Over the past 20 years an increasing number of deaths have been registered with dementia as the underlying cause of death. That is the main conclusion of a new study published in Journal of Alzheimer’s Disease from Danish Dementia Research Centre (DDRC), who investigated how the causes of death has changed over time in people with diagnosed dementia as compared to the general elderly population.
It calls for more attention to the fact, that dementia in its essence is a life-threatening disease, says chair of DDRC professor Gunhild Waldemar.
“We believe that this increase in the registration of dementia as a cause of death may reflect a positive change in diagnostic rates and in perceiving dementia not only as a disease that contributes to mortality but as a disease that is actually fatal”.
She adds that even though there is an increase in registration, dementia is probably still underreported as a cause of death in people with a dementia disorder.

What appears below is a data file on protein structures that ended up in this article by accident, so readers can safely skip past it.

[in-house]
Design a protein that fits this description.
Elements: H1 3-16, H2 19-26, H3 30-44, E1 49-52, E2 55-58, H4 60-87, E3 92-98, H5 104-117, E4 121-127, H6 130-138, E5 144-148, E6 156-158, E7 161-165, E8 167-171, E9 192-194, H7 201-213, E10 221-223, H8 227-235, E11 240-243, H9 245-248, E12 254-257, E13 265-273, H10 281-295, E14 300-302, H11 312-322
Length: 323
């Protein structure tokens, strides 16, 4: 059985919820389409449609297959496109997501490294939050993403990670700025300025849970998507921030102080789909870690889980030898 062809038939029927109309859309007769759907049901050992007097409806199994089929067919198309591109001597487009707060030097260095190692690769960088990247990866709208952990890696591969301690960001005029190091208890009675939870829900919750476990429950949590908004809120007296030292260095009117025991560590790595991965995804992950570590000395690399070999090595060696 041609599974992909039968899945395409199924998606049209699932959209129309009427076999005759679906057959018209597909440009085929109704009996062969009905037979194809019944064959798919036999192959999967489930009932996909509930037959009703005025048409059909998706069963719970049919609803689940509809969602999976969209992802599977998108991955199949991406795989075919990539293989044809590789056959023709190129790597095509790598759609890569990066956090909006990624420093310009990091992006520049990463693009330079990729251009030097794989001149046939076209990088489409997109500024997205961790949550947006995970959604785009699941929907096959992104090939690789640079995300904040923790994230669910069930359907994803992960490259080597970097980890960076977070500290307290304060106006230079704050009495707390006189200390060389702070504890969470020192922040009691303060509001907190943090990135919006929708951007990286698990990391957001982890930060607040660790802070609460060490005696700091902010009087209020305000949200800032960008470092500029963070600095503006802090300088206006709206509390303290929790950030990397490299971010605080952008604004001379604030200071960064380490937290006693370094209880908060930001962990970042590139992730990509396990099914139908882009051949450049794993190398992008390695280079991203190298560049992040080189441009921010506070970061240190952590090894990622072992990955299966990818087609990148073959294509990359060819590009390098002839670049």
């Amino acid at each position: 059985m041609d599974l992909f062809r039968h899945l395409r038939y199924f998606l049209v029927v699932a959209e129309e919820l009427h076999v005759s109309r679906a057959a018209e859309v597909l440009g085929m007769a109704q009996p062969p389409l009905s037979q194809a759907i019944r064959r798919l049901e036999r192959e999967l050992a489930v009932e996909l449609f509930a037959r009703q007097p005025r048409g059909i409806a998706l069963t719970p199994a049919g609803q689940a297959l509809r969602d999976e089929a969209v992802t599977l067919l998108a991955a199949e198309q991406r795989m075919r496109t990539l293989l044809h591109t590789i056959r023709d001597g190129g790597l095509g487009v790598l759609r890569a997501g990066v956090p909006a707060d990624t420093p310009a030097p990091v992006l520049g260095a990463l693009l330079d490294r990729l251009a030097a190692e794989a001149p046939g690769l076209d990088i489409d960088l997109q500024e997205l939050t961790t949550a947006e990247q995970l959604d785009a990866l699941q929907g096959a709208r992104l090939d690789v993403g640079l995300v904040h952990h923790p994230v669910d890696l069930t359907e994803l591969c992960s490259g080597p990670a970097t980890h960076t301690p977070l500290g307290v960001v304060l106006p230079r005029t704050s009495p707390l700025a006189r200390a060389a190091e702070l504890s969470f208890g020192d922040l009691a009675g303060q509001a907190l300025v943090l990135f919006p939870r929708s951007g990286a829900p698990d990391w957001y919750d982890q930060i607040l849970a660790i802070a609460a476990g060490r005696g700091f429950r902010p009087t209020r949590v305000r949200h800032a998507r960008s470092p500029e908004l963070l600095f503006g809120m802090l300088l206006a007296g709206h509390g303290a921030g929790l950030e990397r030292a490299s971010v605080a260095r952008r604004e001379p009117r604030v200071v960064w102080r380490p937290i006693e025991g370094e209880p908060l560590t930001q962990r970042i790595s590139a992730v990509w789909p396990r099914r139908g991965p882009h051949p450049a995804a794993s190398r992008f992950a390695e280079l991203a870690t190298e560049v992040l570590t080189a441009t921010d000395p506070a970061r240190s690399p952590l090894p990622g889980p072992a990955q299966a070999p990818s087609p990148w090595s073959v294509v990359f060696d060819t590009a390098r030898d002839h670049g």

Dementia as leading cause of death
The new population-based study is the first to investigate time trends of causes of death in people diagnosed with dementia. Data were based from the national registry data from the entire Danish population aged 65 years and above who died within the years 2002-2015.
During the study period 621826 people died of whom 103785 were diagnosed with dementia prior to death, and dementia became the most leading cause of death in people diagnosed with dementia. During the latter part of the period dementia appeared more frequently as the “underlying cause” rather than the “contributing cause” on the death certificates.